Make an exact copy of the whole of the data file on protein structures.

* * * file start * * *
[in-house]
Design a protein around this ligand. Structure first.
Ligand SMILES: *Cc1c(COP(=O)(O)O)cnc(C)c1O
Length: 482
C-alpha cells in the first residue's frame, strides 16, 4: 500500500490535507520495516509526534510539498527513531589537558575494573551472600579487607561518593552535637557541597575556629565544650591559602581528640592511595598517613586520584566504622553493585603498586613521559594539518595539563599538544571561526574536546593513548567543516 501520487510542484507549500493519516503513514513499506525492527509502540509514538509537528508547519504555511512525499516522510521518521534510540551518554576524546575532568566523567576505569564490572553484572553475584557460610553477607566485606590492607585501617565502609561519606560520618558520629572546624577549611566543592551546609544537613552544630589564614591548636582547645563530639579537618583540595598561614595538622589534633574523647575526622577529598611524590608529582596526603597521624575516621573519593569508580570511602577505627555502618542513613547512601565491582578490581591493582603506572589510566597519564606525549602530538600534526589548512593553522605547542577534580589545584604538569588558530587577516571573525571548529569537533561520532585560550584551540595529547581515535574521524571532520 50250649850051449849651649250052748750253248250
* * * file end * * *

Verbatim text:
[in-house]
Design a protein around this ligand. Structure first.
Ligand SMILES: *Cc1c(COP(=O)(O)O)cnc(C)c1O
Length: 482
C-alpha cells in the first residue's frame, strides 16, 4: 500500500490535507520495516509526534510539498527513531589537558575494573551472600579487607561518593552535637557541597575556629565544650591559602581528640592511595598517613586520584566504622553493585603498586613521559594539518595539563599538544571561526574536546593513548567543516 501520487510542484507549500493519516503513514513499506525492527509502540509514538509537528508547519504555511512525499516522510521518521534510540551518554576524546575532568566523567576505569564490572553484572553475584557460610553477607566485606590492607585501617565502609561519606560520618558520629572546624577549611566543592551546609544537613552544630589564614591548636582547645563530639579537618583540595598561614595538622589534633574523647575526622577529598611524590608529582596526603597521624575516621573519593569508580570511602577505627555502618542513613547512601565491582578490581591493582603506572589510566597519564606525549602530538600534526589548512593553522605547542577534580589545584604538569588558530587577516571573525571548529569537533561520532585560550584551540595529547581515535574521524571532520 50250649850051449849651649250052748750253248250